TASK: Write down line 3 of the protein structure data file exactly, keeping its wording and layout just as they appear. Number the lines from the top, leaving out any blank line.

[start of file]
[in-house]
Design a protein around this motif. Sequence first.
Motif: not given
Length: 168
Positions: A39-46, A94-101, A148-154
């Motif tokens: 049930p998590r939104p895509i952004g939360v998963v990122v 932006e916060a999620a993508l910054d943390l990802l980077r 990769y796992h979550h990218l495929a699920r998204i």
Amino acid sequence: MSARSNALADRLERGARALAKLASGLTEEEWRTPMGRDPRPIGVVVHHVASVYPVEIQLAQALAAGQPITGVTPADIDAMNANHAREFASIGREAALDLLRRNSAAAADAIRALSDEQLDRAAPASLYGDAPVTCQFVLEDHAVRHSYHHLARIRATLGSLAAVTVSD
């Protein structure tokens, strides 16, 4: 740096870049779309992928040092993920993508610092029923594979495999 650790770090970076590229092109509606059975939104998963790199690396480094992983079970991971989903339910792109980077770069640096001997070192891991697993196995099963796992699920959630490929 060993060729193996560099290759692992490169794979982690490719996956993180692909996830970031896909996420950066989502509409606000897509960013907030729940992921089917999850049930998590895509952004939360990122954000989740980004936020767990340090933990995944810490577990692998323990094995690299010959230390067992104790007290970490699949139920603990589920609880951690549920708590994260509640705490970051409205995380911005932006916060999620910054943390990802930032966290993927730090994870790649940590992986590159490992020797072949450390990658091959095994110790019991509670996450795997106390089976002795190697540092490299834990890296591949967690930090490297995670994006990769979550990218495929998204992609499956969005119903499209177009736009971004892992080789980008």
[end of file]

Motif: not given